A former Silicon Valley sales executive and a Cincinnati investment manager have formed a venture fund here that's trying
to raise $100 million to invest in the new darlings of the investment world: clean technology firms.
Clean Wave Ventures founders Scott Prince and Rick Kieser are banking on soaring energy costs' attracting investors to the risky but potentially lucrative realm of alternative energy and transportation and related fields.
Though neither Prince nor Kieser would comment on the fund, its size was reported in a Dow Jones VentureWire story this month. The fund would invest in early- and expansion-stage firms.
The upstart firm, which is still nailing down initial investors and prospective entrepreneurs, has some big-name help: a group of advisers that includes Ivy Tech Community College President Tom Snyder and auto industry pioneer Bill Wylam, an expert on advanced battery technology.
Also on board is Mike Hatfield, who founded the Indiana Venture Center and three venture-backed technology firms on the West Coast.
The fund could become a crucial jump-start for what is considered by some a huge industry cluster in the making in Indiana, particularly in the alternative fuel arena.
It includes promising biofuels research at Purdue University to make higher energy-yielding forms of ethanol from common grasses and wood materials, and advanced battery technology that began at former General Motors Corp. divisions Delco Remy and Delco Electronics in Indiana 30 years ago.
"Indiana is the nexus of alternative energy," said Ivy Tech's Snyder, the former Remy International CEO who until recently headed the flagship Energy Systems Center in Anderson.
"We have the makings of a cluster here if we have the right resources ... . Holding us back [is that] we haven't had a plethora of venture capital," Snyder added.
That might be because, until now, the sector hasn't seemed sexy.
The public's consciousness of clean technology is rising with the price of oil, global warming and the popularity of environmental sustainability issues, said Lisa Laughner, former vice president for Rolls-Royce Corporate Ventures and another prominent adviser to Clean Wave. "Indiana's heritage in R&D and advanced manufacturing of power electronics, automobiles, batteries and alternative fuels makes it an attractive state for clean-tech venture capital."
And there's more clean-tech capital to be had these days. In the first quarter, $625 million was invested nationally in 44 deals, a 51-percent increase from the same period last year, according to a report by PricewaterhouseCoopers and the National Venture Capital Association.
The report classified clean tech generally as alternative energy, pollution and recycling, power supplies, and conservation-based companies.
Clean Wave Ventures said it is focusing on "energy, transportation, water/environment and advanced materials."
It plans initial-stage investments of $2 million to $7 million, plus additional funding for expansion. It would focus on Midwest companies.
Co-founder Prince, who lives in Indianapolis, declined to elaborate, as did Kieser; they said it would be inappropriate during fund raising.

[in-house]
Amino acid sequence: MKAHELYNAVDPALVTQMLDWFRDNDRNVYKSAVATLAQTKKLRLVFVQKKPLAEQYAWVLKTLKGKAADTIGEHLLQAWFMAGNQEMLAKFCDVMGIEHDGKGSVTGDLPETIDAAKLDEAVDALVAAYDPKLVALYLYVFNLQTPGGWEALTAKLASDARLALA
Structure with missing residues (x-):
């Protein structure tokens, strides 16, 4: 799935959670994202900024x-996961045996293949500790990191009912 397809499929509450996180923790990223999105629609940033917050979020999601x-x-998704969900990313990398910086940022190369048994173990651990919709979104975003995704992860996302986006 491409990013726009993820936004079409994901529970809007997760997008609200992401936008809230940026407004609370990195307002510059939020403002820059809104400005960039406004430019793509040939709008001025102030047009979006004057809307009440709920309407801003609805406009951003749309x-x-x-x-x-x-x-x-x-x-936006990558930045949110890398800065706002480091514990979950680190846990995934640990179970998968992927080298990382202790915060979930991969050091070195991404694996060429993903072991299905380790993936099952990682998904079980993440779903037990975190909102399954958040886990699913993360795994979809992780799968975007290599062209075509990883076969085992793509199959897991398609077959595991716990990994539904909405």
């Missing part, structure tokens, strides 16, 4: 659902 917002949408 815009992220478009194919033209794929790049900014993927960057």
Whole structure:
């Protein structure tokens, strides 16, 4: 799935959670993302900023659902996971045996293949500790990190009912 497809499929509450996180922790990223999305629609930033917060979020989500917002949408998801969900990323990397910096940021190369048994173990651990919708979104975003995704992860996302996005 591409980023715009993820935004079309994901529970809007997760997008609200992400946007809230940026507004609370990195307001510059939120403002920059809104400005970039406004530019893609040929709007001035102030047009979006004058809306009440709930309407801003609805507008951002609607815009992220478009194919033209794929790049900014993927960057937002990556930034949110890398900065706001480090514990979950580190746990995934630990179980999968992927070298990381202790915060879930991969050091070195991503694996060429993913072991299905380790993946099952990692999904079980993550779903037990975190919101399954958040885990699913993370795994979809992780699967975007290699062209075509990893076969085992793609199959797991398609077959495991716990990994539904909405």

Just how many so-called clean firms there are in Indiana, let alone which might pique the interest of Clean Wave, is hard to say.
There are well-established and well-capitalized clean-energy companies here, including Indianapolis-based EnerDel Inc., which makes lithium-ion batteries for hybrid cars. It is co-owned by Fort Lauderdale, Fla.-based Ener1 Inc. and by autoparts maker Delphi Corp.
But there are lesser-known, entrepreneurial firms, such as Anderson-based Bright Automotive, which is developing technology for plug-in hybrid vehicles.
Or the next winner might be a firm such as Swift Enterprises, at Purdue Research Park, which recently announced it has developed a viable alternative to lead-based general aviation fuel. Swift's formulation is made from biomass.
It's also hard to gauge just which sectors of the clean-tech world might be closest to developing breakthroughs.
"The graveyard of venture capital is littered with plenty of people who had the right idea but could not make it commercially viable," said George Farra, a partner in Indianapolis investment firm Woodley Farra Manion Portfolio Management.
Farra said he is more inclined to buy stock in an automaker with promising hybrid technology than to pour money into a fund investing in a new molecule.
Breakthroughs in clean technology will have to be economical and affordable to the end user, and that's been difficult.
"It's not that we don't think it's something that can pay off. It's too often just a lot of pie in the sky," he said.
Clean Wave is not necessarily gunning for the exotic: In some cases, investments could be directed to firms with proprietary technology useful in improving efficiency, for example.
Clean Wave claims to have 40 years of early-stage investment and operating experience. It says its team has participated in the founding of nine early-stage companies.
Kieser, who heads Clean Wave's Cincinnati office, was most recently an investment manager at River Cities Capital Funds, in Ohio. Clean Wave's Web site says he has 18 years of private equity, corporate finance and management consulting experience.
Co-founder Prince, a graduate of Indiana University's Kelley School of Business, said he spent the last decade and a half working for Silicon Valley companies. Among the most recent was San Francisco-based Cloudmark Inc., which develops anti-spam and anti-fraud software. There, he was vice president of worldwide sales.